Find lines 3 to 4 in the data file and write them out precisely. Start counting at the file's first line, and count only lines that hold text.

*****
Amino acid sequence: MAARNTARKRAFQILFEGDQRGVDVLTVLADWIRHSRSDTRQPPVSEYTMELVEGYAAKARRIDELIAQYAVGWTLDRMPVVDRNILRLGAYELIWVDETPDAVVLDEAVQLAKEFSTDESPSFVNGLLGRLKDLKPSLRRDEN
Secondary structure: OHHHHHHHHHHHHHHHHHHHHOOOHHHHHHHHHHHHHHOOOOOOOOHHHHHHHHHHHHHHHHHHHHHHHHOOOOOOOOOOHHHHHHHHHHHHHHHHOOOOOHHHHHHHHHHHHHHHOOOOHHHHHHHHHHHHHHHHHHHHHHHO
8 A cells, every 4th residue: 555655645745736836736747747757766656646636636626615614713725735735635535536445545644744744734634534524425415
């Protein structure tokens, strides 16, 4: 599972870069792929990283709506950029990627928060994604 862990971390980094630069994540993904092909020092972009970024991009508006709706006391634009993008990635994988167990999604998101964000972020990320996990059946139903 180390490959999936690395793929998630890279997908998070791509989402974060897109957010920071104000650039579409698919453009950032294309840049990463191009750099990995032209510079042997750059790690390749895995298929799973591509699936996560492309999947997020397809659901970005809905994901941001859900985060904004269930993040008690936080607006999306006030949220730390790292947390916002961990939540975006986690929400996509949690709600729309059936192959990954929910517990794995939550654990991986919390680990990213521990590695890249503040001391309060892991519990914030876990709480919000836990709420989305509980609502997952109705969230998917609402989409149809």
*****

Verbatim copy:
8 A cells, every 4th residue: 555655645745736836736747747757766656646636636626615614713725735735635535536445545644744744734634534524425415
């Protein structure tokens, strides 16, 4: 599972870069792929990283709506950029990627928060994604 862990971390980094630069994540993904092909020092972009970024991009508006709706006391634009993008990635994988167990999604998101964000972020990320996990059946139903 180390490959999936690395793929998630890279997908998070791509989402974060897109957010920071104000650039579409698919453009950032294309840049990463191009750099990995032209510079042997750059790690390749895995298929799973591509699936996560492309999947997020397809659901970005809905994901941001859900985060904004269930993040008690936080607006999306006030949220730390790292947390916002961990939540975006986690929400996509949690709600729309059936192959990954929910517990794995939550654990991986919390680990990213521990590695890249503040001391309060892991519990914030876990709480919000836990709420989305509980609502997952109705969230998917609402989409149809």